Many homeowners enjoy the challenge and pleasure of doing their own landscaping or home improvement projects. But can a stone patio be a DIY project?
When you find that your formerly lush backyard is becoming less than lush these days, or the upkeep is just too much, perhaps a patio is in order. The good news is that a professional looking stone patio is a home remodeling project within the grasp of even the least talented DIY enthusiast.
With the wide variety of available stone pavers, small and large, and an abundance of "how-to" videos online, there is little reason why most any homeowner can't opt for a new patio. And for a dash of variety a small structure or length of wall can greatly enhance the overall look of your project.
While each patio will be different - and half the fun is in the design process - almost every patio building project has the same foundation. Here is a high-level overview of what might required for just about any patio building project.
Seven Steps to Your DIY Patio Project
After you have settled on a design for your new patio you will need to buy your materials and have them delivered. Depending on the size of your finished project, you may want to have the materials delivered in stages so that you don't have stacks of paver stones blocking your driveway.
Now that you have your pavers, tools, gravel and sand, it's time to go to work:
Prepare the ground area for the patio
You will want to show the outline, or perimeter, of the patio area with marking paint. Once this is done you can place wooden stakes just outside of the perimeter and attach a mason line. This will be adjusted to guide the gradual slope of your pavers away from the house. This is important for draining water in the right direction. A good slope will have a drop-off of about 1 inch every 8 feet.
Clear away all the grass and loose soil
You will be dumping 4 inches of paver base and about 1 inch of paver sand into your dug out area before adding the paver stones. This means digging out an area approximately 7 inches deep. Now's the time to use the mason line you set up. Check the depth of your excavation against the mason line with a measuring tape. You will do this at numerous points to make sure you have the right depth and slope.
Add base for pavers
A special gravel called "Paver base" is used first. Paver base is a form of aggregate used in the construction of patios and walkways. Once it has filled your excavated area and been spread evenly, you will need to compact the area until you have a firm base. It's a good practice to then lightly wet the paver base to make it more solid.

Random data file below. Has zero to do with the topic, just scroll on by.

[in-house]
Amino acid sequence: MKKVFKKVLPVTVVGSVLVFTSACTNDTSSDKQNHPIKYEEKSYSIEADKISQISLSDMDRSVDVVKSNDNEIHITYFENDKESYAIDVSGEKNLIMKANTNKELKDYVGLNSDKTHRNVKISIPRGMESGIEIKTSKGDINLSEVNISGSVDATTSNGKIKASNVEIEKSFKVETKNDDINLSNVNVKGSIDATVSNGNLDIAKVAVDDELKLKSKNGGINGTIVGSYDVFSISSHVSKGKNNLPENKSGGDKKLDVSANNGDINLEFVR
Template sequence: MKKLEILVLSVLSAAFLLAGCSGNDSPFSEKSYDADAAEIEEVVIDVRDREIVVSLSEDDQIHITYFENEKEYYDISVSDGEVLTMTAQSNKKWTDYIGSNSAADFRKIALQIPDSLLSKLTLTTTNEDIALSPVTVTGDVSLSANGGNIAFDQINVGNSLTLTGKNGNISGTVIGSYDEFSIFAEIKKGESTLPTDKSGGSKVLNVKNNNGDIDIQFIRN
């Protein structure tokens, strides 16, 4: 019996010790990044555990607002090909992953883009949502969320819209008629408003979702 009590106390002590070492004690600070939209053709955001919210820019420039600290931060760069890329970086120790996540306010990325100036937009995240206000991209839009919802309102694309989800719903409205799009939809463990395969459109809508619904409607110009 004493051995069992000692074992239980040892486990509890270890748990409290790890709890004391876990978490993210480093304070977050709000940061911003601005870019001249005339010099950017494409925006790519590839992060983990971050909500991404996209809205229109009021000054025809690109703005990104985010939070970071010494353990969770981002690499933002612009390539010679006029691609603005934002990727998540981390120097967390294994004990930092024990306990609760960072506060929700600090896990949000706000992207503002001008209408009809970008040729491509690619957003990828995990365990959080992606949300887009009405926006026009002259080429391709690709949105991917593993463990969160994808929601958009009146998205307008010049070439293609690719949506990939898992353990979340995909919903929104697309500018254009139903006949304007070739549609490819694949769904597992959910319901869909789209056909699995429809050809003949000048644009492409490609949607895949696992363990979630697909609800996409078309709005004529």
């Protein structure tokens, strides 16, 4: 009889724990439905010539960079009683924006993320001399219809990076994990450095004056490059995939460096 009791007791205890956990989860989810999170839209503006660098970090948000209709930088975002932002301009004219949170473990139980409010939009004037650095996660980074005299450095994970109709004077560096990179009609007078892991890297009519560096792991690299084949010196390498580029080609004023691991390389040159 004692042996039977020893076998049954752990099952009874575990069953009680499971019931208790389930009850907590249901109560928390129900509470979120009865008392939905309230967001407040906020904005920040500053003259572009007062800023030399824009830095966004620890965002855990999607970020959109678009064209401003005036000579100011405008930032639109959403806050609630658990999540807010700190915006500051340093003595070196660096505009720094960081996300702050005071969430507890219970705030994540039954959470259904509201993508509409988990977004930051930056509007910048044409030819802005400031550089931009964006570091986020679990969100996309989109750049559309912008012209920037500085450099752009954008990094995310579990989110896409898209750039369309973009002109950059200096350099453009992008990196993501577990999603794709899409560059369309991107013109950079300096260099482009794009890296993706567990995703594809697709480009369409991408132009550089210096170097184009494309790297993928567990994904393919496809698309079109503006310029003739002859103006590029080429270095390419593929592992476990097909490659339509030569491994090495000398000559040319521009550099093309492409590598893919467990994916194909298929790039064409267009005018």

Put in paver sand
While most any sand could probably be used, special fine-grained sand is preferred for pavers. The sand acts as a cushion for the pavers and is used at the end of construction to fill the paver joints. This binds the stones together and helps prevent the growth of weeds.
Position the paver stones
Most paver stone have "joints" - slight indentations that mate with ridges in each block. This allows for easy assembly and stronger fit and positioning. Start with a corner close to the house and work in an outward manner. Place them straight down into the sand, one at a time, and fit them snuggly together. Avoid dragging the pavers across the sand.
Cut any final pavers, as needed
You may find that as you get to the outermost edges of your patio, the remaining pavers will be too large to fit properly. Or if you have angles, circular border areas, etc. some stones will have to be cut. Renting a masonry saw is a good option for a clean cut, but a masonry blade installed on a standard circular saw can do the trick. Always wear gloves and eye protection when cutting pavers.
Add edging stones for perimeter
Something is needed to provide a solid edge to contain you paver stones. Edging stones are a great option. Again, as you run up against unusual corners, borders or shapes, your edging stones may need to be cut, as well. Your choice for edging material is not limited to the same stones you used for the pavers, either. Be creative.
Add sand and final tamp
After everything has been positioned and cleaned off, stakes and mason lines removed, and tools put away, it's time for the finishing touches. Throw or scatter paving sand across the surface of your newly laid patio so that the entire surface is covered. Using a push broom, sweep the sand into the gaps between the stones and then run a plate compactor across the patio surface. Repeat.
And now you have a beautiful new stone patio to enjoy for years with little maintenance. And, with the right materials and well-laid foundation, you can install a paver patio in about a day.
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